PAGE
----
This case is a great result for the family of a man killed at a Motel 6 in Georgia. Many lawyers shy away from these cases now due to changes in the law relating to apportionment of fault and damages. This case shows that hotels, apartment complexes and other businesses can still be held liable for significant damages in cases where crime victims can present a strong case that the business does not have adequate security.
The family of a man killed during an attempted robbery of the Motel 6 where he was staying as a guest will receive $5.1 Million from the hotel chain and its parent company after a Fulton County jury reached its verdict this month.
Brandon Todd, a 27-year-old man from Newnan, Ga., was killed in the November 2007 shooting at a Motel 6 in Albany. The jury found that a lack of adequate security was partially to blame for Todd’s death.
Todd died from wounds sustained from gunfire he sustained when he was accosted in his room by one of two teenagers who were attempting to rob the motel.
17-year-old Jimmy Teemer, one of the two assailants, died at the crime scene. Lyndon B. Johnson Jr., the second assailant who is now 23, is current serving a life sentence along with a third man, Patrick Jackson, who was a guest at the Motel 6 that night and was said to have provided the gun to Teemer.
The verdict, handed down on May 16, awarded $6 million in damages to the family, to be allocated amongst the defendants based on liability. Johnson, Jackson, and Teemer were each held to be 5 percent liable, with 85 percent of the award to be paid by the Motel 6 chain and Accor North America Inc., the chain’s parent company.
The plaintiffs had offered a $3 million settlement before trial, which the defendant’s rejected before making their $1.5 million counteroffer, which the plaintiffs rejected. Plaintiff’s attorneys are now seeking attorneys fees from the defendants based on Georgia’s offer of judgment statute, which allows the prevailing party to seek attorneys fees if the ultimate award is at least 125 percent of the settlement offer.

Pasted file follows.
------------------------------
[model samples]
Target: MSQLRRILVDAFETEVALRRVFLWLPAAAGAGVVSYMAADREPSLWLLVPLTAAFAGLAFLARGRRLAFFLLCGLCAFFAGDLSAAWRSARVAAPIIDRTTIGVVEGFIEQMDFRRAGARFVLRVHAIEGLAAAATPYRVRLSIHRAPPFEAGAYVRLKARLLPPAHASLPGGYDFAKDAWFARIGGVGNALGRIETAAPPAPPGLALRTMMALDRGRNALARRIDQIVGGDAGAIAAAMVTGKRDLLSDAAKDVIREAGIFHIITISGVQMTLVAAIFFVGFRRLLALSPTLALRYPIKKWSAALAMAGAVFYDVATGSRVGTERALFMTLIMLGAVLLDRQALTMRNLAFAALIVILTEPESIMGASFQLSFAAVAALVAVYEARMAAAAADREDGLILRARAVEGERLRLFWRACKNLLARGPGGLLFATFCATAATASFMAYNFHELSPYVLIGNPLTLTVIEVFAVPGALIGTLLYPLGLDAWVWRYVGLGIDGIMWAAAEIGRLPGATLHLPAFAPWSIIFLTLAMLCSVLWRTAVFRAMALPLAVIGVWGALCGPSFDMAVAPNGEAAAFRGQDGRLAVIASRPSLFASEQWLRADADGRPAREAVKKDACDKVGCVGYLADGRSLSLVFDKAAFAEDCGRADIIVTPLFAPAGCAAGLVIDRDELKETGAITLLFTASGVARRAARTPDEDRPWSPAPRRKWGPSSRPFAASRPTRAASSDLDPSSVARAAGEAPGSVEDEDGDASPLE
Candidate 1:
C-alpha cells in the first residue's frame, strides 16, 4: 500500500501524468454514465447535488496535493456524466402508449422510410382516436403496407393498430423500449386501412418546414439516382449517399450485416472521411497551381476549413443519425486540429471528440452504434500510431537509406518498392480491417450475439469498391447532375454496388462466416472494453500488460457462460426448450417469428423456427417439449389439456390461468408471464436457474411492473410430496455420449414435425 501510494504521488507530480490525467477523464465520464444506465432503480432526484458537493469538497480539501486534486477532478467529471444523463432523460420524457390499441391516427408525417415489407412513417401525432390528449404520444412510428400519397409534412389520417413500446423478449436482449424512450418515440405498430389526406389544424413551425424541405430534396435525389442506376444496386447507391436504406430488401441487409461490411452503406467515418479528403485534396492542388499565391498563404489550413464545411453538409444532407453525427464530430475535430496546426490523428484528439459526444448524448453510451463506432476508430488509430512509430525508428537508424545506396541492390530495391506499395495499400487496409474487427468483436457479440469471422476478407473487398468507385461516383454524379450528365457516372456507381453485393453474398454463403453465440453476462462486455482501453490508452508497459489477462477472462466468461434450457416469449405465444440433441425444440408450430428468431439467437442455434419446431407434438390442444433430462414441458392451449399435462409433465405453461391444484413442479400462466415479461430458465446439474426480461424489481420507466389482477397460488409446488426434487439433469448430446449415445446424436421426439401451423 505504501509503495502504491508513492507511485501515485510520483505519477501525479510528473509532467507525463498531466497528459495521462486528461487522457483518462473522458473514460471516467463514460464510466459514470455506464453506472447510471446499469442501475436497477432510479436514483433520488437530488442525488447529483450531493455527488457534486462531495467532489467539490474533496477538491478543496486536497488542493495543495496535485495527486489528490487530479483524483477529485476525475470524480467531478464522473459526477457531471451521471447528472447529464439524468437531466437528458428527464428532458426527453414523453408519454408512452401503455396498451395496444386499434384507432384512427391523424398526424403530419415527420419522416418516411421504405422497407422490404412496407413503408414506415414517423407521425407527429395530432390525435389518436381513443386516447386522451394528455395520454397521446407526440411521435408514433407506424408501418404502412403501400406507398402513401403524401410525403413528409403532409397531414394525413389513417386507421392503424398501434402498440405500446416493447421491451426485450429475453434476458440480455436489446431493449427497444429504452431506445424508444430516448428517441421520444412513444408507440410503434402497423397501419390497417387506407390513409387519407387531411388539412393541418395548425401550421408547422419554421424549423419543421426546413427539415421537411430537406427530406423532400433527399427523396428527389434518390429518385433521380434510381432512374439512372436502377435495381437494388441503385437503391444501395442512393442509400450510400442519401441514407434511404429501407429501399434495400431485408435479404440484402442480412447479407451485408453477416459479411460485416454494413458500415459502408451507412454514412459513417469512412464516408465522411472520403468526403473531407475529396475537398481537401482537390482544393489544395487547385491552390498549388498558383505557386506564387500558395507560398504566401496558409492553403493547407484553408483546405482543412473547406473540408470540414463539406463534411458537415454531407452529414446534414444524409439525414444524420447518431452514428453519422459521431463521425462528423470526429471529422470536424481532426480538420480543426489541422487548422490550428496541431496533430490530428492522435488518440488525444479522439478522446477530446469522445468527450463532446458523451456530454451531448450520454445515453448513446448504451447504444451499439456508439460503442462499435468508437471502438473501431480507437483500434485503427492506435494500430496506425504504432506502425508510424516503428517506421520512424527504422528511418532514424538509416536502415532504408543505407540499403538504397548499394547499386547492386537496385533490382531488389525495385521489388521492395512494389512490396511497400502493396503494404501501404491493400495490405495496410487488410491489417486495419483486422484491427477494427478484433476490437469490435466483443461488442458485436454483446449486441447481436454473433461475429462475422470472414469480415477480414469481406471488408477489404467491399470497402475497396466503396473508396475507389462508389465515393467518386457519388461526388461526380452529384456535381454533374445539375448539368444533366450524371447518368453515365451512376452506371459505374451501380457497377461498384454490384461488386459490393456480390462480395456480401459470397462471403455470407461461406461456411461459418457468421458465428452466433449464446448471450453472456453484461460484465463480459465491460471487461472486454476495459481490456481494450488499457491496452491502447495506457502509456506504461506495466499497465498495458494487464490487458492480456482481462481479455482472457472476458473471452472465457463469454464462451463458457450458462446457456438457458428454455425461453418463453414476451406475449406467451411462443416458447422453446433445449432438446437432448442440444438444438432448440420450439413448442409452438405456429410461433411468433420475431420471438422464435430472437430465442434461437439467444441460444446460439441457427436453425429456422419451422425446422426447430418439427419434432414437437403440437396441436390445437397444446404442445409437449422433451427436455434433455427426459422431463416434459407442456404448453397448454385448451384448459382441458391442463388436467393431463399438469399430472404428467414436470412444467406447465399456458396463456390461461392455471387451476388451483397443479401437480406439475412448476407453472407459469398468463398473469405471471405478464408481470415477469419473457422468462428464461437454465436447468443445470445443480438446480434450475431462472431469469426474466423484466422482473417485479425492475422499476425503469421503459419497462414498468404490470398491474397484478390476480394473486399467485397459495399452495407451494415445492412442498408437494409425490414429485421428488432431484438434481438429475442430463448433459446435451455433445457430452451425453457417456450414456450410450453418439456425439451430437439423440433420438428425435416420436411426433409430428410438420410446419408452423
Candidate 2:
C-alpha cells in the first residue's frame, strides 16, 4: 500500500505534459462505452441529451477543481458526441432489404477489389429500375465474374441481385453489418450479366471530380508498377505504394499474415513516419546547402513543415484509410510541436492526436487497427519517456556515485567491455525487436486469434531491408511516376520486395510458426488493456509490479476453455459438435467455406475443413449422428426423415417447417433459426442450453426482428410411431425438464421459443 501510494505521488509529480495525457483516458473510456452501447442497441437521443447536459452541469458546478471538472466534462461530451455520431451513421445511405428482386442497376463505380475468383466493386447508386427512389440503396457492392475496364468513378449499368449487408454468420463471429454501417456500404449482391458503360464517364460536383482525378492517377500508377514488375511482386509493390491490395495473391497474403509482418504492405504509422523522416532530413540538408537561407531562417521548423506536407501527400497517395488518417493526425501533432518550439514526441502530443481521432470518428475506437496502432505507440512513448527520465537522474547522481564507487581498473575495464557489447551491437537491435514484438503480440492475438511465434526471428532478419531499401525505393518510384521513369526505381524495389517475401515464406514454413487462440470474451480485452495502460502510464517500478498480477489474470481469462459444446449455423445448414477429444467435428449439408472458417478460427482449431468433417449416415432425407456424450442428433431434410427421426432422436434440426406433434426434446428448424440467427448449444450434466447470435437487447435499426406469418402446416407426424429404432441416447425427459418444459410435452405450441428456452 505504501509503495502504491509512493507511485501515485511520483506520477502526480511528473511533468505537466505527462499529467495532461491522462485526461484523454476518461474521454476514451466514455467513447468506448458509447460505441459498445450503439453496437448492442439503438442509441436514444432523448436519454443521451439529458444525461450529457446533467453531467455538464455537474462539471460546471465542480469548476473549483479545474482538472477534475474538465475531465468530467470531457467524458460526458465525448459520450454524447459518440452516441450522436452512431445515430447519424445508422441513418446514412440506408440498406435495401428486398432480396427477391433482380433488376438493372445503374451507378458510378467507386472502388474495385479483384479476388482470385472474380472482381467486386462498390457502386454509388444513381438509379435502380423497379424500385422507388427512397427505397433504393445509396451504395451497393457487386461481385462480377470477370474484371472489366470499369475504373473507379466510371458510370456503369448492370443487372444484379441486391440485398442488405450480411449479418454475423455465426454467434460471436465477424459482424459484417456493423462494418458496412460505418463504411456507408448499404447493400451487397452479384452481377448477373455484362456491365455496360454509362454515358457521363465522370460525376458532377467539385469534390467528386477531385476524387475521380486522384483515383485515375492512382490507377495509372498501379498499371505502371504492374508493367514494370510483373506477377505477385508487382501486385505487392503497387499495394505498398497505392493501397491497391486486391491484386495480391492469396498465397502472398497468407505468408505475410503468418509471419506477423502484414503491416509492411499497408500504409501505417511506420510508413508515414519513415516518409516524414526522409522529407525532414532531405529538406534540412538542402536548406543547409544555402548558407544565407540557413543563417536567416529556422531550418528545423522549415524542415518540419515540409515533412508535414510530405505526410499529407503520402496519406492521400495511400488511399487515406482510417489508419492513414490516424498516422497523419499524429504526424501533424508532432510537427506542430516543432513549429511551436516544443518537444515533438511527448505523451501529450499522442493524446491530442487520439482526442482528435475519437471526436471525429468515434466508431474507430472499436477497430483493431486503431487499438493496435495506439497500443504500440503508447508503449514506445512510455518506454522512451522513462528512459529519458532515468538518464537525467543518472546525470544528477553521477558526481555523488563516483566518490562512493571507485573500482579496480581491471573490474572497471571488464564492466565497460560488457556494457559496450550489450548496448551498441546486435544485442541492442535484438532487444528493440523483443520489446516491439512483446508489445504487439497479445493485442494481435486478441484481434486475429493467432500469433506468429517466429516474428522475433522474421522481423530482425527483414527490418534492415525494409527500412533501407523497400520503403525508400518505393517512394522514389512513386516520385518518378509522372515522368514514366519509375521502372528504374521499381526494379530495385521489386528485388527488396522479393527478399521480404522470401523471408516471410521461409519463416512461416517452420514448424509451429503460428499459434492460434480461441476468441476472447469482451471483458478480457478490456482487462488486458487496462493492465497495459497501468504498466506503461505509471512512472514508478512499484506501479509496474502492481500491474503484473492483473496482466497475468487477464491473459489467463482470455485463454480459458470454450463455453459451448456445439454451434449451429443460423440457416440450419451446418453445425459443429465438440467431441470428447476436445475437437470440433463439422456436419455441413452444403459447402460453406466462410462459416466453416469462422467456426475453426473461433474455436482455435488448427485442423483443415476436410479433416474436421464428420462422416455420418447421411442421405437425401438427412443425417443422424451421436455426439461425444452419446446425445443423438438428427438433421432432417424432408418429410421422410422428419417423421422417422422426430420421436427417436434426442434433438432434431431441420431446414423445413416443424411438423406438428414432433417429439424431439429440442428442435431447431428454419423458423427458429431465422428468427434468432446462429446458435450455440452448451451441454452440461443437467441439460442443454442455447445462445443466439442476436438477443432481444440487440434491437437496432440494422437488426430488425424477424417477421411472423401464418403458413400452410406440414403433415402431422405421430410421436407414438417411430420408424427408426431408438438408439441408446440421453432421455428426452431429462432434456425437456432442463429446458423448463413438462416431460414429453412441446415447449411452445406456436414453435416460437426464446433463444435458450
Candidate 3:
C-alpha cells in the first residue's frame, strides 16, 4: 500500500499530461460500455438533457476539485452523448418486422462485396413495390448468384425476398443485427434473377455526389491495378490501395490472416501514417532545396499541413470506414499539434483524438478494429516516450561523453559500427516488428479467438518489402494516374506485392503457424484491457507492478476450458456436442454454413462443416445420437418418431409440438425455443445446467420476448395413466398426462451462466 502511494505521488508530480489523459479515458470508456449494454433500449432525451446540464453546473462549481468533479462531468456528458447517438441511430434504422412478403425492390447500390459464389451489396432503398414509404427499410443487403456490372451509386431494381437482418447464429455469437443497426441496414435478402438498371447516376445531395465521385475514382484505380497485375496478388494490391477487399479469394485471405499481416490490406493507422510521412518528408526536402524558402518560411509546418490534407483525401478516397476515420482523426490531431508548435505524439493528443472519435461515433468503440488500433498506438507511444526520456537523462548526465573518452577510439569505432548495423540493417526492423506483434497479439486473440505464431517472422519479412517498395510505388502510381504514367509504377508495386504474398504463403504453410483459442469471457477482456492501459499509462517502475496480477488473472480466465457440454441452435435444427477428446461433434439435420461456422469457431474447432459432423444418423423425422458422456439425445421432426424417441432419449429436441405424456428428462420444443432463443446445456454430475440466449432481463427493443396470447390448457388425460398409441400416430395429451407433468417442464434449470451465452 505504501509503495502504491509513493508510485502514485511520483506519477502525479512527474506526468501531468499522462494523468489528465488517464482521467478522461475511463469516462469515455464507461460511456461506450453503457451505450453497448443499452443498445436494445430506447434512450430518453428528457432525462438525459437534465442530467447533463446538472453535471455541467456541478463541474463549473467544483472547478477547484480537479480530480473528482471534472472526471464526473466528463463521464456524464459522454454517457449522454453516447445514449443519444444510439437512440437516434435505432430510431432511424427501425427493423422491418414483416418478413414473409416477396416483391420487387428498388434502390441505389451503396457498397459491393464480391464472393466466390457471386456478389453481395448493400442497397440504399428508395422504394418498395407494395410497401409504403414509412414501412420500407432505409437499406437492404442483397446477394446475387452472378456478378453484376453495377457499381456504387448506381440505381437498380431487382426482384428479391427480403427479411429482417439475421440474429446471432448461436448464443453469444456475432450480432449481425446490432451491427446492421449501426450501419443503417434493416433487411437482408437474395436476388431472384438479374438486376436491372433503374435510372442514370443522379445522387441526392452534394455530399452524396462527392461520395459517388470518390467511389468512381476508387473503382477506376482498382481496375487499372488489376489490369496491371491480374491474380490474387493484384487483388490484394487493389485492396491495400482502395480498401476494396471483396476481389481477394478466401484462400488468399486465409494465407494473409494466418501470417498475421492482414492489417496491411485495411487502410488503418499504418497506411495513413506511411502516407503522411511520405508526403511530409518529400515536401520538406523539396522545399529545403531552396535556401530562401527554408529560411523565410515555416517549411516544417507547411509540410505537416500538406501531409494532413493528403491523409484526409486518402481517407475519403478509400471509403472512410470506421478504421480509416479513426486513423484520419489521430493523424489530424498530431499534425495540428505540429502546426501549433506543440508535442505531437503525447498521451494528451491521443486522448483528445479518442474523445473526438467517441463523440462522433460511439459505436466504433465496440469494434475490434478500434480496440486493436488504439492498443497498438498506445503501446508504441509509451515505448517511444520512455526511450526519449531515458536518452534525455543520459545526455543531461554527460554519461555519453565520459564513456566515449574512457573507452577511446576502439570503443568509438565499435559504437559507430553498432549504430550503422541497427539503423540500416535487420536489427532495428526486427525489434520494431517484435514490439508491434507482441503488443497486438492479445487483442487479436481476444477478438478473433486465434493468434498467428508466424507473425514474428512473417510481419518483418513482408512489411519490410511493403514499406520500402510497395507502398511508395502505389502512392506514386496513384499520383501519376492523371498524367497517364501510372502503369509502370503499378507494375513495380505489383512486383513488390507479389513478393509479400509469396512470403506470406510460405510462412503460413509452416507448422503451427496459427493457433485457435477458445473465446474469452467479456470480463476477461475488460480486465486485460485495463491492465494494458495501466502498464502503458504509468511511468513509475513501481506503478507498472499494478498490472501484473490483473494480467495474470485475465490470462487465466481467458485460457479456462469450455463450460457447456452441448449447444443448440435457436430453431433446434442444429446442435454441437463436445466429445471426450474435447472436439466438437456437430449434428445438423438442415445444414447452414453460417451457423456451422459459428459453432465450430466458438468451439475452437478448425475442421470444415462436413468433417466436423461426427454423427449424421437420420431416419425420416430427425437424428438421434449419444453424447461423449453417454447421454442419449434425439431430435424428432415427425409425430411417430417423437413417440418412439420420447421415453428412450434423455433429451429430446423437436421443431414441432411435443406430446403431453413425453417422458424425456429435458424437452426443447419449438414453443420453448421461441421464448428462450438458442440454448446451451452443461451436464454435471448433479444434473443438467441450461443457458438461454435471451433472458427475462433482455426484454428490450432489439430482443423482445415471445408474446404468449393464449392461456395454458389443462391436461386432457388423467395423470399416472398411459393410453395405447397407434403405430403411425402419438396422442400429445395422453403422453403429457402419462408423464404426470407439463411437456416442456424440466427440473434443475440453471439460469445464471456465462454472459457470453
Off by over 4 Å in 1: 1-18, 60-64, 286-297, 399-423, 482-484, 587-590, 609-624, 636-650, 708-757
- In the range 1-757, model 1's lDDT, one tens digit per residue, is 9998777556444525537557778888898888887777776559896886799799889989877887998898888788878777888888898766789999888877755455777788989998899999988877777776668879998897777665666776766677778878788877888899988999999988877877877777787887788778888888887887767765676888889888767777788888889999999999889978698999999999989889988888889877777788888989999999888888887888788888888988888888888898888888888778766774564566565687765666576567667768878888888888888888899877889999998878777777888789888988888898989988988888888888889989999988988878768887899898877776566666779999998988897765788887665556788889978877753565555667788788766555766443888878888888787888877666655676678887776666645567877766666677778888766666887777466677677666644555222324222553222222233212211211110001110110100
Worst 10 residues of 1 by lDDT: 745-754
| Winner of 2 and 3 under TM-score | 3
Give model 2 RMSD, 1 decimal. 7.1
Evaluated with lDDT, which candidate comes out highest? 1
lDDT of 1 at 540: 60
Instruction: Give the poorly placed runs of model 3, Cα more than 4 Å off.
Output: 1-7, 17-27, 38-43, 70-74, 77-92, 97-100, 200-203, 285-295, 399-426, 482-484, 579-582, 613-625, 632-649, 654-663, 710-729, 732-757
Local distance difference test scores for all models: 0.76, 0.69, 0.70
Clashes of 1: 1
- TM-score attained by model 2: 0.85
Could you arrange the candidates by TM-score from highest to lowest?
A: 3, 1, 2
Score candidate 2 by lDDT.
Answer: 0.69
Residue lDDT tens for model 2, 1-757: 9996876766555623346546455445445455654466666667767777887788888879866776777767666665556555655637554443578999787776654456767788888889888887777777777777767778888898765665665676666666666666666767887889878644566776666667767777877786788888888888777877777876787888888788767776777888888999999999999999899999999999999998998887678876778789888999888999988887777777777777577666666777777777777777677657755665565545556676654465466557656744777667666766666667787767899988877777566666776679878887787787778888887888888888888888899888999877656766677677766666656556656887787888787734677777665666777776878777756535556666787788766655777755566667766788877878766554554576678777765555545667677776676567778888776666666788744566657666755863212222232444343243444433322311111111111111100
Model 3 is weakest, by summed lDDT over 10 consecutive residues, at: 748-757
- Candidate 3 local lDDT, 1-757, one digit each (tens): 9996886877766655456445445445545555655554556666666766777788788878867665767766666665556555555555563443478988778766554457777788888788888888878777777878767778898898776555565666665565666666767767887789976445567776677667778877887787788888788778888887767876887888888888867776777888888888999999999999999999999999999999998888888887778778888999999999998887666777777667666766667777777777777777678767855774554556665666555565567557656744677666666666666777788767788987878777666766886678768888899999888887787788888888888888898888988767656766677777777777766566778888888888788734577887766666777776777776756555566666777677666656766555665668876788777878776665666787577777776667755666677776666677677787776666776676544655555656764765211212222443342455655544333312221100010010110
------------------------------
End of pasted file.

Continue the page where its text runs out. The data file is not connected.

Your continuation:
The lead attorney for the plaintiffs in the case, Andrew Rogers, spoke about the challenges of the trial, including motivating the jury to return a large award where the victim was not married and had no children. He had to convince the jury of Todd’s character during his life and that his clients were quality people who deserved compensation for their loss.
Rogers said that the events of that night were not the first problems to have occurred at the motel. The hotel property and the surrounding area had seen several holdups in just the few months prior to the murder, including an incident just three nights before that allegedly involved Jackson and another six weeks prior where Teemer was an alleged participant.
Earl “Billy” Gunn, lead defense attorney, said that the motel’s premises were safe. He said that the manager was not concerned about living there or walking around at night. Gunn chided the judge for his instructions to the jury, which he claimed were intended to convince the jury to apportion damages so that the plaintiffs would see the most money, rather than based on the actual degree of fault. “To place just 5 percent of the blame on the killer is crazy,” he said, adding that his team was planning to appeal.